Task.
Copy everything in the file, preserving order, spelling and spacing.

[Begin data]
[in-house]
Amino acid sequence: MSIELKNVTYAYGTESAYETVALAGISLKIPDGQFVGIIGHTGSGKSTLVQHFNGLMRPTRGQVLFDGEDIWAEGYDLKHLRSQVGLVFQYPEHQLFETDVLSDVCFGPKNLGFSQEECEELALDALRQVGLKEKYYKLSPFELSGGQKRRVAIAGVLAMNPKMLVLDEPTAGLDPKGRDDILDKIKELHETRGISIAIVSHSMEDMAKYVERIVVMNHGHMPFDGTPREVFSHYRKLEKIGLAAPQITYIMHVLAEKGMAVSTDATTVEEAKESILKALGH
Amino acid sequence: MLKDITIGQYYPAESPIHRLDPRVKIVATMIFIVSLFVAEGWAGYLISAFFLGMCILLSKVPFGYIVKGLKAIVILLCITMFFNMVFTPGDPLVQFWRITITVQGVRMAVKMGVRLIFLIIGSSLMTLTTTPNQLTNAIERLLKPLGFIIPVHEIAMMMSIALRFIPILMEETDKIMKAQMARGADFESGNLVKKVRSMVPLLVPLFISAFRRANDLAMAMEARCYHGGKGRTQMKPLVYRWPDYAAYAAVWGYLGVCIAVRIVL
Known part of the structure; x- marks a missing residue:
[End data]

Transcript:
[in-house]
Amino acid sequence: MSIELKNVTYAYGTESAYETVALAGISLKIPDGQFVGIIGHTGSGKSTLVQHFNGLMRPTRGQVLFDGEDIWAEGYDLKHLRSQVGLVFQYPEHQLFETDVLSDVCFGPKNLGFSQEECEELALDALRQVGLKEKYYKLSPFELSGGQKRRVAIAGVLAMNPKMLVLDEPTAGLDPKGRDDILDKIKELHETRGISIAIVSHSMEDMAKYVERIVVMNHGHMPFDGTPREVFSHYRKLEKIGLAAPQITYIMHVLAEKGMAVSTDATTVEEAKESILKALGH
Amino acid sequence: MLKDITIGQYYPAESPIHRLDPRVKIVATMIFIVSLFVAEGWAGYLISAFFLGMCILLSKVPFGYIVKGLKAIVILLCITMFFNMVFTPGDPLVQFWRITITVQGVRMAVKMGVRLIFLIIGSSLMTLTTTPNQLTNAIERLLKPLGFIIPVHEIAMMMSIALRFIPILMEETDKIMKAQMARGADFESGNLVKKVRSMVPLLVPLFISAFRRANDLAMAMEARCYHGGKGRTQMKPLVYRWPDYAAYAAVWGYLGVCIAVRIVL
Known part of the structure; x- marks a missing residue: